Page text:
James D'Auvergne to Joshua Mauger asking if his presence is requested.

Author
D'Auvergne, James, active 1771-1788 [Browse]
Format
Book
Language
English
Published/​Created
[Place of production not identified : producer not identified, [date of publication not identified]
Description
1 online resource.

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Summary note
He asks Mauger if his presence is needed in town, however, he would rather lament his loss in private. [Could refer to the death of his wife (and Mauger's daughter) Sarah. Letter # 206 of William Dean dated 10/24/1772 mentions settling the will of Mrs. D'Auvergne.]
Notes
  • Collection: The Gilder Lehrman Collection, 1493-1859.
  • From the Joshua Mauger (1725-1788) Collection. Archive of correspondence regarding Nova Scotia politics and mercantile affairs. The greater part of the collection consists of 249 letters to Mauger, dealing primarily with his business interests in Nova Scotia and England. It also includes 4 letterbooks, letter copies written by Mauger while living in Halifax and England, and financial papers such as accounts, bonds and indentures owed to Mauger. Joshua Mauger (1725-1788) was a merchant who built his fortune through trade and alcohol distilling in British Nova Scotia. Mauger used his financial success to influence the politics of Nova Scotia. In 1760, Mauger returned to England but continued to take an active and effective interest in Nova Scotia politics. In 1762, the Nova Scotia House of Assembly chose Mauger to act as their agent in London. He used his influence to help Michael Francklin become the Lieutenant Governor of Nova Scotia in March of 1766. Mauger also served as member of the House of Commons for Poole, England (1768-1780). Mauger's correspondence details his far-flung business transactions in Nova Scotia, England, Spain, France, Amsterdam, various American colonies, Quebec, and the Caribbean. His correspondents also discuss political events in England, the Stamp Act and the American Revolution. Upon his return to England, Mauger suffered severe, frequent illnesses as a result of the harsh English weather. Highlights include: Brooks Watson's letters from Montreal in 1776 (#19), describing a naval engagement on Lake Champlain and victory of General Howe on Long Island; from 1782-1783, serving as the Commissary General to the British army under Sir Guy Carleton (# 29-33), he describes the plight of loyalist refugees leaving for Nova Scotia. John Butler, Mauger's agent in Nova Scotia, urges Mauger to seek the advice of Benjamin Franklin concerning the introduction of paper currency in Nova Scotia (#63), and other letters (#65-67) describe events in the American Revolution and detail concern over the fate of Nova Scotia in the war.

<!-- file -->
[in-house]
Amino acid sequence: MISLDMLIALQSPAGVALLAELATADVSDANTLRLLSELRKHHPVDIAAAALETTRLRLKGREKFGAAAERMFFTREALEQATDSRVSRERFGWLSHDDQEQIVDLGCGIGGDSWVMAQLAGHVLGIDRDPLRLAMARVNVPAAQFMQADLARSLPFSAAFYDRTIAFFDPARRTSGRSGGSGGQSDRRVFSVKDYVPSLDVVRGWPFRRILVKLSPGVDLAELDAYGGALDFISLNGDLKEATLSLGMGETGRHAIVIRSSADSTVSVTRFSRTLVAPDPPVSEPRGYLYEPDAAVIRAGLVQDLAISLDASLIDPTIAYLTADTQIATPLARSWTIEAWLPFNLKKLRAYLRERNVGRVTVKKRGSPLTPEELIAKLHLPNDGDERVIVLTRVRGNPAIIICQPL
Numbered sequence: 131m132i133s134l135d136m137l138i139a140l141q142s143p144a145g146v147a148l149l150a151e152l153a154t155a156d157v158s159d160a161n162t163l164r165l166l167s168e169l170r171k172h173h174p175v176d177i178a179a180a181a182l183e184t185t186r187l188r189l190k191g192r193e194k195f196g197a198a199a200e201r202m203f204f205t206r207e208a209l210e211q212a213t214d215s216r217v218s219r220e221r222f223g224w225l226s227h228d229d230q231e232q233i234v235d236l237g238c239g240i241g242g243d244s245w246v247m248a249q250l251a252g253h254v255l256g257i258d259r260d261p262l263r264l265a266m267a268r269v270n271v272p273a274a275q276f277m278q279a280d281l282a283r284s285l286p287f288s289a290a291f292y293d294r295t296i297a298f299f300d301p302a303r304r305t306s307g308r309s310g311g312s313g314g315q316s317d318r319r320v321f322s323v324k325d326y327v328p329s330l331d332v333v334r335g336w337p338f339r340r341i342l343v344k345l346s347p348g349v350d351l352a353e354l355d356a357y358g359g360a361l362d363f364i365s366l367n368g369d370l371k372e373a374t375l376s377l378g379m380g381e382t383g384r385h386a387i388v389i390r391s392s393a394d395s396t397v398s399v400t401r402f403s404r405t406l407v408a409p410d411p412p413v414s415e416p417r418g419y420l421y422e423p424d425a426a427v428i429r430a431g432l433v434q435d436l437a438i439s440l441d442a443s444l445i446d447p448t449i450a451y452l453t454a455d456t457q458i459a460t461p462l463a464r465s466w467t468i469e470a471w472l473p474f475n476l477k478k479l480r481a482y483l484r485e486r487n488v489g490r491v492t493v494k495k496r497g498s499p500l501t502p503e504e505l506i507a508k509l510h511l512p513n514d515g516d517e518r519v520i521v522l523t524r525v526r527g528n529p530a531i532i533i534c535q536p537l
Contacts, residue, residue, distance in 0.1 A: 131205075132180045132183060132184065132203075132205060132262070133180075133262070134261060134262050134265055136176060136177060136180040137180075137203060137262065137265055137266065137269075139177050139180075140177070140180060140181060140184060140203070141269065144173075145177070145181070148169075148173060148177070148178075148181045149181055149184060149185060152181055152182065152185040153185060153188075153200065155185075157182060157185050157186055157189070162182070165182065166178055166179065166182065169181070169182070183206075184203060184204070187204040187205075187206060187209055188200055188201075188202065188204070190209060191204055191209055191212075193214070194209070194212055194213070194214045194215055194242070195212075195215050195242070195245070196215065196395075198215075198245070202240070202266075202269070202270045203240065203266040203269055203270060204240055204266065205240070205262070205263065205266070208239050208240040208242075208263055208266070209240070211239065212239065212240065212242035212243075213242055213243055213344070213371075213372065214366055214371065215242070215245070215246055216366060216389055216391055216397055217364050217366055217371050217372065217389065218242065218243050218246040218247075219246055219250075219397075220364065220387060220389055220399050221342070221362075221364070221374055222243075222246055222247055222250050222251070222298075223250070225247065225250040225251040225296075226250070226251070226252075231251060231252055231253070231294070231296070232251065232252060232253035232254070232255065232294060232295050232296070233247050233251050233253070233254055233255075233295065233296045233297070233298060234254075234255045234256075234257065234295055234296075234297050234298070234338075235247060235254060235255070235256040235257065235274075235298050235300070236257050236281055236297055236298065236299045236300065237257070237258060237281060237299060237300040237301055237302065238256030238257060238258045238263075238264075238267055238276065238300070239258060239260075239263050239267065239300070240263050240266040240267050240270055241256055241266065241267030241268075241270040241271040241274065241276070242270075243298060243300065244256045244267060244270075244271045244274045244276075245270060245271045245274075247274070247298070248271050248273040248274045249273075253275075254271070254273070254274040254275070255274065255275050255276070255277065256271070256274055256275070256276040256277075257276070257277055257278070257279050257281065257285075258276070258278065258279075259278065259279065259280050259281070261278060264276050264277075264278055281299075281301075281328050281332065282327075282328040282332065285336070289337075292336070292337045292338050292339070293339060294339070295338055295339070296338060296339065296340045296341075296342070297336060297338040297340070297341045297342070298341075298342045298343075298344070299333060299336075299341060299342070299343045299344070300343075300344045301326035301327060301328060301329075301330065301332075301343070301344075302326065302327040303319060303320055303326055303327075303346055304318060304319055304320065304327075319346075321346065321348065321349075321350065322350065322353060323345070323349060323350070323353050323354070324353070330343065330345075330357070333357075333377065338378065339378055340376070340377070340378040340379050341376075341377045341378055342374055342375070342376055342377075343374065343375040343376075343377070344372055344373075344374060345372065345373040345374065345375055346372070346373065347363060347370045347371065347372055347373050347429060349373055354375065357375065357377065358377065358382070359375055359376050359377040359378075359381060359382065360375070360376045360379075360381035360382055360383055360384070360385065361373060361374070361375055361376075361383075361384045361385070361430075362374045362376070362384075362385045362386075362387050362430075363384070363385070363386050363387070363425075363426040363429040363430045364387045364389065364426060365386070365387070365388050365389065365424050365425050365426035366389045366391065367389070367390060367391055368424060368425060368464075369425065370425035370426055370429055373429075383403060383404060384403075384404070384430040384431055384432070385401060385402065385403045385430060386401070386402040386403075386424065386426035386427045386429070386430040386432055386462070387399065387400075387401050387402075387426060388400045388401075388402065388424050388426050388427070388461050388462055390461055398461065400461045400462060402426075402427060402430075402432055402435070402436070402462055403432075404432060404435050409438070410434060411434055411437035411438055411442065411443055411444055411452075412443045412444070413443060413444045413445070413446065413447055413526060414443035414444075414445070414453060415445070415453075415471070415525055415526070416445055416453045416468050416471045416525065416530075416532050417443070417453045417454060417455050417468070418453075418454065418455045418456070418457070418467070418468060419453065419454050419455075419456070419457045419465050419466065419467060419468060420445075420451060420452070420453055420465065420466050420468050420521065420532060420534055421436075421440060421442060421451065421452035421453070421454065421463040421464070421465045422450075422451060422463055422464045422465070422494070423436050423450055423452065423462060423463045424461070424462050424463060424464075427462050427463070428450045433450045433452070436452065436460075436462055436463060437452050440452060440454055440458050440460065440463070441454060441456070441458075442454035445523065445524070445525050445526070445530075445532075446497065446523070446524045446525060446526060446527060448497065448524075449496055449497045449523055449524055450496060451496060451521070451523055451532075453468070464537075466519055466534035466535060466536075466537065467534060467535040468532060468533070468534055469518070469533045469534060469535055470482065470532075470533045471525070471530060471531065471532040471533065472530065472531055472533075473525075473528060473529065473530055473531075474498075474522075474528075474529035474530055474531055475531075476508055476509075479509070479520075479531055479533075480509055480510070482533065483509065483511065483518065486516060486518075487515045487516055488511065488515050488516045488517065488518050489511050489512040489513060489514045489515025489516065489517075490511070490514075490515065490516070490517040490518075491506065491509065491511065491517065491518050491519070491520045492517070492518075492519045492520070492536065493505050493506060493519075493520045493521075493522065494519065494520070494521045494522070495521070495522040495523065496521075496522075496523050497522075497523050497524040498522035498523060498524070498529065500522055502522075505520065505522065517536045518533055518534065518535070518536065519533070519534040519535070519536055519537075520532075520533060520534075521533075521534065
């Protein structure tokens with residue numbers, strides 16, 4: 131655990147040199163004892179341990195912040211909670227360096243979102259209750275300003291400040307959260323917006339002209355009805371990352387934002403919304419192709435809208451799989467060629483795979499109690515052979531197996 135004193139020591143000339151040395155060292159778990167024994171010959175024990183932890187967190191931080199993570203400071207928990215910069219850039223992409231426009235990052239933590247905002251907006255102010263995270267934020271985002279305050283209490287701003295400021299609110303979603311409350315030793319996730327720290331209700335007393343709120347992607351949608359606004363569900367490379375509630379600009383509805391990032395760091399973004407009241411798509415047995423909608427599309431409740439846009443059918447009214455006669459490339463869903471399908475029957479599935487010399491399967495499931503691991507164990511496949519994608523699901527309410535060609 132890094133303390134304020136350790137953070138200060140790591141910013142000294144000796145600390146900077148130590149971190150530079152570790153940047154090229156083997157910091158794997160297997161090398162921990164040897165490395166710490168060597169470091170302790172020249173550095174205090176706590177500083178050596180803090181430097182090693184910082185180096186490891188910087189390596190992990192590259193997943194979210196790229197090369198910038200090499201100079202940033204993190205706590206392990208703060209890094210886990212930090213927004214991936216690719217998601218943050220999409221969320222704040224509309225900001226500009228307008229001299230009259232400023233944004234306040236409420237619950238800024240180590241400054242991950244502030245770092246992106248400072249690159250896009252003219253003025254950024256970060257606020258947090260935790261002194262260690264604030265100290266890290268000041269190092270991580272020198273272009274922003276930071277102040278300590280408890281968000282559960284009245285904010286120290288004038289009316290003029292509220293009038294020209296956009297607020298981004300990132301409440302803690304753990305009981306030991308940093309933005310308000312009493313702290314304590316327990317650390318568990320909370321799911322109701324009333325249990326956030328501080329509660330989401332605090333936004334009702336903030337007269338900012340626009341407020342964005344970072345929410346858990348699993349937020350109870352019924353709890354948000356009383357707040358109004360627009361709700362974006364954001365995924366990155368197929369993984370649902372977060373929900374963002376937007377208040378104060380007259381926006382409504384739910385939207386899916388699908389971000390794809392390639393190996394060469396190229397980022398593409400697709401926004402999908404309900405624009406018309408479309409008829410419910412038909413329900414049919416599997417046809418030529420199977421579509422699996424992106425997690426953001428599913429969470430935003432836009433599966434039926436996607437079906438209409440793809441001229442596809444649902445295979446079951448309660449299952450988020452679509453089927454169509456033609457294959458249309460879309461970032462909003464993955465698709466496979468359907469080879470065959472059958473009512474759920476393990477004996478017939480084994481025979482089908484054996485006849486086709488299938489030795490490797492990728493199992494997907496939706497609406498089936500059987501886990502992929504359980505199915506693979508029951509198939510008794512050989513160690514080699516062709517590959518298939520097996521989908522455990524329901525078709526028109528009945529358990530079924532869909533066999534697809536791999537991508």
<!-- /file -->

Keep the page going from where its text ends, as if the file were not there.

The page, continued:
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Gilder Lehrman Institute of American History
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